mach is a frontend CLI to the build system written in python.

Among other things, it wraps the build tool (mozbuild, which is written in python), as well as providing other common utilities, like taskgraph generation.

Taskgraph generation reads in yaml configuration files from the repository and process them with a series of python functions (that we call transforms), and finally generates the concrete set of tasks representing what to build/test/sign/upload. Like .travis.yml file, but hyped up on way too much halloween candy.



Photo by Randy Fath on Unsplash

Interact with the Taskcluster Queue to claim work

Many different kinds of workers. Builds are done on docker or bare metal workers. Some workers are implemented in nodejs, some in Go, and others in Python.

Tasks definitions for these types of workers allow you to specify arbitrary commands and environment variables to run, as well as what docker containers to use. Great for developer ergonomics! Bad for security! We need to protect sensitive security tokens for publishing to S3 for example, and allowing people to run arbitrary code on the workers puts those tokens at risk.

We also have workers that operate in a restricted environment. They operate only on data passed in the task payload. We call them “scriptworkers” because the code or script that is run for the task is baked into the worker, and can’t be overridden.

We use use asyncio and aiohttp to do things in parallel when possible. So we can do things like download artifacts from our upstream tasks in parallel.

We use these types of workers for security sensitive work, like getting binaries signed, or pushing them to S3 or the Google Play Store for publishing Android apps.

The output from our release taskgraph is a set of signed binary artifacts ready to be published. The scriptworkers are also responsible for publishing the updates to our S3 buckets, and to our update server.

Chain of trust

Keeping users up to date

Update server (named balrog). Firefox regularly queries Balrog to check if there are any updates available.

Backend is 100% python.

A very important application. Handles approximately 5k requests/second

Uses well known modules like Flask, SQLAlchemy. Uses uwsgi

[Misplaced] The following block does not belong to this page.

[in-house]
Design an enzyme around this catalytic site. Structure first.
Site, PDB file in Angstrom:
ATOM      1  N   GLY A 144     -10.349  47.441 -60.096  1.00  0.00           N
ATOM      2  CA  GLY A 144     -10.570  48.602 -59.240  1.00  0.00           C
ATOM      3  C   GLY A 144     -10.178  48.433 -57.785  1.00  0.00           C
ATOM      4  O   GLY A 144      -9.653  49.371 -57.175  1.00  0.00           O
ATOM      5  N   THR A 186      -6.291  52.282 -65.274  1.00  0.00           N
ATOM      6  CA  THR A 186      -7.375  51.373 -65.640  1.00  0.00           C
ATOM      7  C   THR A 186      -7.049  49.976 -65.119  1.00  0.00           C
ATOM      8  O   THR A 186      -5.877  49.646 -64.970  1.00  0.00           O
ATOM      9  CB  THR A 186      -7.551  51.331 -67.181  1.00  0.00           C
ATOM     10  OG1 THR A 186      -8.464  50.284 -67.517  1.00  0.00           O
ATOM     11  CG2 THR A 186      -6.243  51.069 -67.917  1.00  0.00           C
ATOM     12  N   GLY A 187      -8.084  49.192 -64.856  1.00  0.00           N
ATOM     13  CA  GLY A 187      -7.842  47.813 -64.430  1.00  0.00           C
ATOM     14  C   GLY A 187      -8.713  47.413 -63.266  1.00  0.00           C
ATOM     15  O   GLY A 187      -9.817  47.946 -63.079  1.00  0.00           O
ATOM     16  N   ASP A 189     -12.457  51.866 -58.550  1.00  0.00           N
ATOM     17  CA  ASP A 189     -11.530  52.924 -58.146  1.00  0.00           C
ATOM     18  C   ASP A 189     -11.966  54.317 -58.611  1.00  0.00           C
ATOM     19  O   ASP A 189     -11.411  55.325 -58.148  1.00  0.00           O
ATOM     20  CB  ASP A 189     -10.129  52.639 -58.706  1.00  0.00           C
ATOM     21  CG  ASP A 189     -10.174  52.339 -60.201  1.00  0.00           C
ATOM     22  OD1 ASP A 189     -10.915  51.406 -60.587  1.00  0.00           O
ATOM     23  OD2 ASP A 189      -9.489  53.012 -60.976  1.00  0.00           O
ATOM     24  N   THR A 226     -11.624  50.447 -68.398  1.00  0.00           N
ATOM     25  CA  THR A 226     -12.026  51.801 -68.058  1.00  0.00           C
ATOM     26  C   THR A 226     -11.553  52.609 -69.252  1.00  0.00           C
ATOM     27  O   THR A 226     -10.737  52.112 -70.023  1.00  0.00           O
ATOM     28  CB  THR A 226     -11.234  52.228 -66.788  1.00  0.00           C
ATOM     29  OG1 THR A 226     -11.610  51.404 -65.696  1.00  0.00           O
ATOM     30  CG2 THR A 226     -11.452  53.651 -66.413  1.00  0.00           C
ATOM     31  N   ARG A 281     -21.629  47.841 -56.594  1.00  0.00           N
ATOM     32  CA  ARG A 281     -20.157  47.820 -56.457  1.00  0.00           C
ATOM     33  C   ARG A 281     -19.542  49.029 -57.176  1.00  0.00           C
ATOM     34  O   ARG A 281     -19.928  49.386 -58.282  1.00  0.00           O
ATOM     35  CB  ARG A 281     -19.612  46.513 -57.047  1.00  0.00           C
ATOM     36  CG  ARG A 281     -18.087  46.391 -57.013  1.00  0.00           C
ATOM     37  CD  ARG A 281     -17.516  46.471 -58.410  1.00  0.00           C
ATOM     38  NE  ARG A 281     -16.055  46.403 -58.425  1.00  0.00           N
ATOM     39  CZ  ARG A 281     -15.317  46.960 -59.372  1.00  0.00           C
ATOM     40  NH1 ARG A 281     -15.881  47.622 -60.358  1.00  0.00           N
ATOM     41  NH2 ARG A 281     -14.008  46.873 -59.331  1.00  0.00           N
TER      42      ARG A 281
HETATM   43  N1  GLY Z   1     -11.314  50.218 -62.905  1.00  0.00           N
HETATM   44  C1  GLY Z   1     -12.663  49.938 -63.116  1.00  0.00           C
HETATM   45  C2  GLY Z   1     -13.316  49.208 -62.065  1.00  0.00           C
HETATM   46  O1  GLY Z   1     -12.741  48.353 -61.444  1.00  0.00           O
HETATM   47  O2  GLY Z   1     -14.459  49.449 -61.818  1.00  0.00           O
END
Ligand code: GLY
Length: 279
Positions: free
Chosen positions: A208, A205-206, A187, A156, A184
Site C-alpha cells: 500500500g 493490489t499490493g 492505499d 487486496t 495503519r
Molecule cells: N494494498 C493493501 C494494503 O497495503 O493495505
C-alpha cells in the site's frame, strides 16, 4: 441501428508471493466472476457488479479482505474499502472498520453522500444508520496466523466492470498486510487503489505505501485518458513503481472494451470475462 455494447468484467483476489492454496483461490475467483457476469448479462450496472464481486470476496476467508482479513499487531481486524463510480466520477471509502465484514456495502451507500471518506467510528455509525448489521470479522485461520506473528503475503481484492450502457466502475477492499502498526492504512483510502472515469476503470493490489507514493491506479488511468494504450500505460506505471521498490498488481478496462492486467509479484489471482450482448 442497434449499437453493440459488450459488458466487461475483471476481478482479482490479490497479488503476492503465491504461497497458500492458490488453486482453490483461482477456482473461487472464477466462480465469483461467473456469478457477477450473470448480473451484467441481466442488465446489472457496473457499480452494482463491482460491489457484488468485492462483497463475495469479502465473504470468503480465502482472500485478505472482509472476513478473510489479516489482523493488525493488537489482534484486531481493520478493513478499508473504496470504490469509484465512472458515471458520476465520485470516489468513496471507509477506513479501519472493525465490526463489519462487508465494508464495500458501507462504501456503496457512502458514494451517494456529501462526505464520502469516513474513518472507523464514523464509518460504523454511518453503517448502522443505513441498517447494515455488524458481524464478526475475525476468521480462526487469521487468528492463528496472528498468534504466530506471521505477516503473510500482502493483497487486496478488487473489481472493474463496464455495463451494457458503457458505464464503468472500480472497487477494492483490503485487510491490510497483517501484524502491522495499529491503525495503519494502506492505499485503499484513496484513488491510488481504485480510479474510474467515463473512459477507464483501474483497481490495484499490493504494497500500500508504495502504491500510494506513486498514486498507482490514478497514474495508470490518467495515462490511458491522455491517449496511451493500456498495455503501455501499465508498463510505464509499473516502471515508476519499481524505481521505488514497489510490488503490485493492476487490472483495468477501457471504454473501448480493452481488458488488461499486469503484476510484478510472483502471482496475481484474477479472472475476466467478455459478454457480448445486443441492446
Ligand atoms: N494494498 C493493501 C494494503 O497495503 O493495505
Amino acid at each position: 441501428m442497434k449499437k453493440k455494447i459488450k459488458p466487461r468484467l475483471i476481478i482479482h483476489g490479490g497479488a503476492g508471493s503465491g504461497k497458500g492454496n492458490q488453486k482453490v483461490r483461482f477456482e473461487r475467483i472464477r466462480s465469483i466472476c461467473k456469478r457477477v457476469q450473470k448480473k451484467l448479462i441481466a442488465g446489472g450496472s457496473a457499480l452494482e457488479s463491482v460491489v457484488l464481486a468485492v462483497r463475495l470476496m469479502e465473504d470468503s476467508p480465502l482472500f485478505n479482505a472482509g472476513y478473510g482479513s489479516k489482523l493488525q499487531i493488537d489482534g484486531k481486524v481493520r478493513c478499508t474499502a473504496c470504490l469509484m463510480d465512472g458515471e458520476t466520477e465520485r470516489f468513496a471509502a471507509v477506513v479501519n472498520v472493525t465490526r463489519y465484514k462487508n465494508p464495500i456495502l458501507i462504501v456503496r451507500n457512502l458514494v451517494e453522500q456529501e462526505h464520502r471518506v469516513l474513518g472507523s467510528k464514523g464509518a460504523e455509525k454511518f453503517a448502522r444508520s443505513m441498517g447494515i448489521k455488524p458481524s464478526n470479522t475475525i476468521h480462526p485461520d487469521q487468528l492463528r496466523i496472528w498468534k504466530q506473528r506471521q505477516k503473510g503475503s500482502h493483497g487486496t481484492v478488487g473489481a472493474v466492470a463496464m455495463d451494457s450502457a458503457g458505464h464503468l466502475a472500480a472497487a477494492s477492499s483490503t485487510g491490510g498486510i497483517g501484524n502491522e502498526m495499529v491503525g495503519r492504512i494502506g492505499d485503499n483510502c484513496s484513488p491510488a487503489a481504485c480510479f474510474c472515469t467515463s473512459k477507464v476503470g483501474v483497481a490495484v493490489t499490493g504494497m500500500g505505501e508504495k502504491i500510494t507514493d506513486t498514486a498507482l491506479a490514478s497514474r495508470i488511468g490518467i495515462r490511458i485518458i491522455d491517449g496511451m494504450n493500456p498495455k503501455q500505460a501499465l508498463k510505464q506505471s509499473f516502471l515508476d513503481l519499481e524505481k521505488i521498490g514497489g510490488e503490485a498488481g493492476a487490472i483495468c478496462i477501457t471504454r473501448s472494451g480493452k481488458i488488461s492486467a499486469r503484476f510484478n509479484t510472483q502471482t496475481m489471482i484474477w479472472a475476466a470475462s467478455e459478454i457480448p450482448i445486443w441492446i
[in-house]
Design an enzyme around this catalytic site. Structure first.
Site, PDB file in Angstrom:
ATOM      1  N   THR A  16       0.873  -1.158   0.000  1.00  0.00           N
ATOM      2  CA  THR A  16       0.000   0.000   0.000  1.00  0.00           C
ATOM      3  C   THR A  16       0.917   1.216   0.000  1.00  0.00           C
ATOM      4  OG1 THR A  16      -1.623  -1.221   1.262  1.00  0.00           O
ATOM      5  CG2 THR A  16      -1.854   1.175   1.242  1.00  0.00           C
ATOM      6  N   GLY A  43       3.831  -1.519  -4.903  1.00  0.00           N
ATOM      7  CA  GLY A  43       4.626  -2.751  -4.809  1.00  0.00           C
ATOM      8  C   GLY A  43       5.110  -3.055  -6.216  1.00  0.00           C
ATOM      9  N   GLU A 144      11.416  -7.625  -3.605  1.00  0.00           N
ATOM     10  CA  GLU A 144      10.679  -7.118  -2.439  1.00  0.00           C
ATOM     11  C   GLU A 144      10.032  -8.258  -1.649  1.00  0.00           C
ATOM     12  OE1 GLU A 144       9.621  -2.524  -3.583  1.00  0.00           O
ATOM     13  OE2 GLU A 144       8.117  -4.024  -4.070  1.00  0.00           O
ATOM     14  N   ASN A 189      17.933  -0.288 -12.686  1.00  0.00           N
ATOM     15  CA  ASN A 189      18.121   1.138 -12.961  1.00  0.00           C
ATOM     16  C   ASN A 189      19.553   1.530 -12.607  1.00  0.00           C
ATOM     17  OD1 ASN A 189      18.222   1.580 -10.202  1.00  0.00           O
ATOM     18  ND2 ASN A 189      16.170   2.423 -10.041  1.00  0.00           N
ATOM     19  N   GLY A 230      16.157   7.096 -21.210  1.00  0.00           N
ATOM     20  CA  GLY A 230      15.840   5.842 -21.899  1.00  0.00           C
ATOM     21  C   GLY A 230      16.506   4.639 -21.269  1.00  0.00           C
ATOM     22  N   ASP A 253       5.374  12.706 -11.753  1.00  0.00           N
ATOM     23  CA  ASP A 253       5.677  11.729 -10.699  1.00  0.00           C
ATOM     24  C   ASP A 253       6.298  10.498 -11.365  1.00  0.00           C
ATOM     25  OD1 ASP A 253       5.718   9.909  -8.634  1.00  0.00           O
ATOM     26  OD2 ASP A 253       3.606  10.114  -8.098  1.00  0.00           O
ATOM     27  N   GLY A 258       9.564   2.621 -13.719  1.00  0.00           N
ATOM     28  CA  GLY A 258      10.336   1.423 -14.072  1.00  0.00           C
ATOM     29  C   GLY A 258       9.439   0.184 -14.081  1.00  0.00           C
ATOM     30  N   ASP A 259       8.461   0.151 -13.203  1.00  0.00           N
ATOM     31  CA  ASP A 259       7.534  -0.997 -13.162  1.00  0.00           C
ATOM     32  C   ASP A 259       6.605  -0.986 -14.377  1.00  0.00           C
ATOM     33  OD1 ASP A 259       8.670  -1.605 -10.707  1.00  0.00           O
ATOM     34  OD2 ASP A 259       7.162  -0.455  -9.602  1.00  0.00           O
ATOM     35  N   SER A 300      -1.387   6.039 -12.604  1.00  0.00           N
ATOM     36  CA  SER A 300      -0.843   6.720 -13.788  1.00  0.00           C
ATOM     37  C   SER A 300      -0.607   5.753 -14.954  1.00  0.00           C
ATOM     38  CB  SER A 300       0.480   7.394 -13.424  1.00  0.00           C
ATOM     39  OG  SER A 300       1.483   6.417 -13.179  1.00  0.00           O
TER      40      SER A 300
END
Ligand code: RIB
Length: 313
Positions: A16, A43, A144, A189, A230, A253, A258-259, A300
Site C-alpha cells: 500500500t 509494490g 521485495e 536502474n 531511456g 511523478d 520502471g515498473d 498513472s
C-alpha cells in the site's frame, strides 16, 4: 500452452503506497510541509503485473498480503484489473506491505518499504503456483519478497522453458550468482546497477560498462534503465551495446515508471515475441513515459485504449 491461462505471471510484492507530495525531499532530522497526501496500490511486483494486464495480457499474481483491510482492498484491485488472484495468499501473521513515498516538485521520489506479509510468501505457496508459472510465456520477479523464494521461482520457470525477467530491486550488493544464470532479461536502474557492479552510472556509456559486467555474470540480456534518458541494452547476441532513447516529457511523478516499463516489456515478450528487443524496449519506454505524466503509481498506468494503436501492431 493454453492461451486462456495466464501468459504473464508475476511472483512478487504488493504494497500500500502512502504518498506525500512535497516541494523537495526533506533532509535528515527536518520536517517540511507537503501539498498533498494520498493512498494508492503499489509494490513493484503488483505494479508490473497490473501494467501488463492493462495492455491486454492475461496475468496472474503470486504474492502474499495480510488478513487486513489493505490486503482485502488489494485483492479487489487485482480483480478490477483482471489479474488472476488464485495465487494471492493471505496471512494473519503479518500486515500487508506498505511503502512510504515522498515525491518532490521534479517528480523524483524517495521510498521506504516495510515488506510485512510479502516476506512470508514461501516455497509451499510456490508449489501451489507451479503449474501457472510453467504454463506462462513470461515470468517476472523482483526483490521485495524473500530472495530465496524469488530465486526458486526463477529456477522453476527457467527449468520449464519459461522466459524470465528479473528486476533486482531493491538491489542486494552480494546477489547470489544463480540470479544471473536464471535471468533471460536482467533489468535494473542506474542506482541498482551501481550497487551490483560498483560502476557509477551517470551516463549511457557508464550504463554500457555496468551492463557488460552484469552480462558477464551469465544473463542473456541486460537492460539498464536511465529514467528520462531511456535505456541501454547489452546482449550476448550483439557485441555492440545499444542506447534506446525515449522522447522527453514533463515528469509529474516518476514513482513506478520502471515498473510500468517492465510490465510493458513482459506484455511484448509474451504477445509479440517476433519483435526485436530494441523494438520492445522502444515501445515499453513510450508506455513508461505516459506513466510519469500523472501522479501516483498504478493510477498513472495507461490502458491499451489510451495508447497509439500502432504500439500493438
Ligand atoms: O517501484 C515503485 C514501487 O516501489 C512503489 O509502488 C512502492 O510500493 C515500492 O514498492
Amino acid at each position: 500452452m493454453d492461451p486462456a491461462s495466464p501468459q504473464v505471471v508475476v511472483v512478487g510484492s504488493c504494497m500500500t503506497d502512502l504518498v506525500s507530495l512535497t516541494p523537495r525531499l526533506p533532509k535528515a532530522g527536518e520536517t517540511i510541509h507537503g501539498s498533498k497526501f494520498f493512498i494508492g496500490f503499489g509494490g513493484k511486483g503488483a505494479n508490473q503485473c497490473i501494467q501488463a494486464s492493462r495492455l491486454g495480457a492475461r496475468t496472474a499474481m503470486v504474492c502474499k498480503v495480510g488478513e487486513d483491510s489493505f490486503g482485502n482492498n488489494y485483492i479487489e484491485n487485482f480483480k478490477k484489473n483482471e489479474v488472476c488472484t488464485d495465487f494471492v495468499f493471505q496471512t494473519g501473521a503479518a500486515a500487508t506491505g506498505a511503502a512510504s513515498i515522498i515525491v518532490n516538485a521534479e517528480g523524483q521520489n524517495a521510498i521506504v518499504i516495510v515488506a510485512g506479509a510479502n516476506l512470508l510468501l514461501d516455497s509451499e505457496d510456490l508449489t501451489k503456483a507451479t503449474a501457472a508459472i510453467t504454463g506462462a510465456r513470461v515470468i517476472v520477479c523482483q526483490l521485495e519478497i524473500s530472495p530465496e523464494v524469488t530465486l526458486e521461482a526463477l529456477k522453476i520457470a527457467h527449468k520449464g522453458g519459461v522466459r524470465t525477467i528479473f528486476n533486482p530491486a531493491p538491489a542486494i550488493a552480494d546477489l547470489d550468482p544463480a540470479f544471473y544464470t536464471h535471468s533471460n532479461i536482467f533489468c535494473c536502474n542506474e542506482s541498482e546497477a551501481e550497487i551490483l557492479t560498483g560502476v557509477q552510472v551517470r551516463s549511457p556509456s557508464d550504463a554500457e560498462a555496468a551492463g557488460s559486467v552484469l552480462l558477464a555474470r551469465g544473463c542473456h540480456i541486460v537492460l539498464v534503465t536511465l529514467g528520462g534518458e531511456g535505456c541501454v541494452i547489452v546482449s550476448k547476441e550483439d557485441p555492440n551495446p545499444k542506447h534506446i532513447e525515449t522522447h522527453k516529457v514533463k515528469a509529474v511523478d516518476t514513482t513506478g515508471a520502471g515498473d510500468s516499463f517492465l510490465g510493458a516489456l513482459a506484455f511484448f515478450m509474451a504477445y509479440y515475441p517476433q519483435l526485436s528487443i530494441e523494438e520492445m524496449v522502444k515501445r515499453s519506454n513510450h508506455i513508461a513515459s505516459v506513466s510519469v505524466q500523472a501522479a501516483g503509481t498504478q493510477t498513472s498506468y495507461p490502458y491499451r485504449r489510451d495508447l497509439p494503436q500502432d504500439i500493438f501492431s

It’s a rule engine that matches client parameters like which product, version, locale, etc. a user is on against a set of rules. The rules indicate which release of Firefox to serve next to the user.



<update type="minor" displayVersion="65.0a1" appVersion="65.0a1" platformVersion="65.0a1" buildID="20181109101751">

<patch type="complete" URL="" hashFunction="sha512" hashValue="a56f091a1a74a10917e6adbae6603593e89c8173d4d6a4689895ae31181e72c33e158988d12c19a8e4c52ec32a9df8df22ca891e42bf2cb7445476e45acb3d49" size="53647369"/>


Python can work with binary file formats too!

Firefox uses a custom archive format called MAR (Mozilla ARchive: )

We also use Python to process these MAR files to generate partial updates (binary diff between versions), as well as to sign the updates. The package to handle MAR files is called mardor, and relies on Python modules like cryptography and Construct.

why python?

Why have we chosen to use Python at Mozilla for our build and release pipeline?

Speed of development

Amazing ecosystem of modules available

Great community

Mature tooling:

Performance generally not a concern. It’s good enough that we don’t spend much time optimizing. Bigger wins come from better architecture; e.g. stop processing so much data

why not python?

Packaging and distribution is still hard. Setuptools, eggs, wheels, pip, Pipenv

Pinning dependencies everywhere helps. Tools like pyup help, but aren’t perfect.

stuff I missed


slides are at

Get involved!

How Mozilla uses Python to Build and Ship Firefox - PyCon Canada 2018 - Google Slides